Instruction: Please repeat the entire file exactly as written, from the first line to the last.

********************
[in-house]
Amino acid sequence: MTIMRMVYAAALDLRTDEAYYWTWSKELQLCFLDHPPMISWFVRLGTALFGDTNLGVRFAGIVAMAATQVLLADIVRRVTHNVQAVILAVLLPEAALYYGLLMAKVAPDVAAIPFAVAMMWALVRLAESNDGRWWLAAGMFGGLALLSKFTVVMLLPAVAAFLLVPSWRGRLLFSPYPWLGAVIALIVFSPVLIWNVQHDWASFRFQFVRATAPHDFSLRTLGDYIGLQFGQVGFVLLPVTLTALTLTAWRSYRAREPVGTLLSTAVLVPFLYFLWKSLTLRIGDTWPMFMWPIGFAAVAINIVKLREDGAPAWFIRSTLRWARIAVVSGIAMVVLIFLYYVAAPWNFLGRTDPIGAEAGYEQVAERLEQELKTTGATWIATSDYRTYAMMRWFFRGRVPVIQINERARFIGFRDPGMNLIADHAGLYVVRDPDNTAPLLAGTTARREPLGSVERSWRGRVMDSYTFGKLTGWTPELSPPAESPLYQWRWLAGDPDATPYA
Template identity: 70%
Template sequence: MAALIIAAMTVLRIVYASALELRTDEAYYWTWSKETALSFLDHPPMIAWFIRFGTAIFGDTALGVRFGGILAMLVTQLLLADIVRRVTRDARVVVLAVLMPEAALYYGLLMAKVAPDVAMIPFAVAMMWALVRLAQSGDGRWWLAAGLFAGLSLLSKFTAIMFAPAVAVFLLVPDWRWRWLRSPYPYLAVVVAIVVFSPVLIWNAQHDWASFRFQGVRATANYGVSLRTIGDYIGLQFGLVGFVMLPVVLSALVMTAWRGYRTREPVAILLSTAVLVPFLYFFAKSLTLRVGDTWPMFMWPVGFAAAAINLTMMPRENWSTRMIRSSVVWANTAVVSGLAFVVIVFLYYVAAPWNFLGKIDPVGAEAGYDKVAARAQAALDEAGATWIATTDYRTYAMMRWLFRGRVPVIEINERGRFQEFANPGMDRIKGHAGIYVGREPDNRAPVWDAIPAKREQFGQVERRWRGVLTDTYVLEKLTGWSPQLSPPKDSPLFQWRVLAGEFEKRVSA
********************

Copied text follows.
[in-house]
Amino acid sequence: MTIMRMVYAAALDLRTDEAYYWTWSKELQLCFLDHPPMISWFVRLGTALFGDTNLGVRFAGIVAMAATQVLLADIVRRVTHNVQAVILAVLLPEAALYYGLLMAKVAPDVAAIPFAVAMMWALVRLAESNDGRWWLAAGMFGGLALLSKFTVVMLLPAVAAFLLVPSWRGRLLFSPYPWLGAVIALIVFSPVLIWNVQHDWASFRFQFVRATAPHDFSLRTLGDYIGLQFGQVGFVLLPVTLTALTLTAWRSYRAREPVGTLLSTAVLVPFLYFLWKSLTLRIGDTWPMFMWPIGFAAVAINIVKLREDGAPAWFIRSTLRWARIAVVSGIAMVVLIFLYYVAAPWNFLGRTDPIGAEAGYEQVAERLEQELKTTGATWIATSDYRTYAMMRWFFRGRVPVIQINERARFIGFRDPGMNLIADHAGLYVVRDPDNTAPLLAGTTARREPLGSVERSWRGRVMDSYTFGKLTGWTPELSPPAESPLYQWRWLAGDPDATPYA
Template identity: 70%
Template sequence: MAALIIAAMTVLRIVYASALELRTDEAYYWTWSKETALSFLDHPPMIAWFIRFGTAIFGDTALGVRFGGILAMLVTQLLLADIVRRVTRDARVVVLAVLMPEAALYYGLLMAKVAPDVAMIPFAVAMMWALVRLAQSGDGRWWLAAGLFAGLSLLSKFTAIMFAPAVAVFLLVPDWRWRWLRSPYPYLAVVVAIVVFSPVLIWNAQHDWASFRFQGVRATANYGVSLRTIGDYIGLQFGLVGFVMLPVVLSALVMTAWRGYRTREPVAILLSTAVLVPFLYFFAKSLTLRVGDTWPMFMWPVGFAAAAINLTMMPRENWSTRMIRSSVVWANTAVVSGLAFVVIVFLYYVAAPWNFLGKIDPVGAEAGYDKVAARAQAALDEAGATWIATTDYRTYAMMRWLFRGRVPVIEINERGRFQEFANPGMDRIKGHAGIYVGREPDNRAPVWDAIPAKREQFGQVERRWRGVLTDTYVLEKLTGWSPQLSPPKDSPLFQWRVLAGEFEKRVSA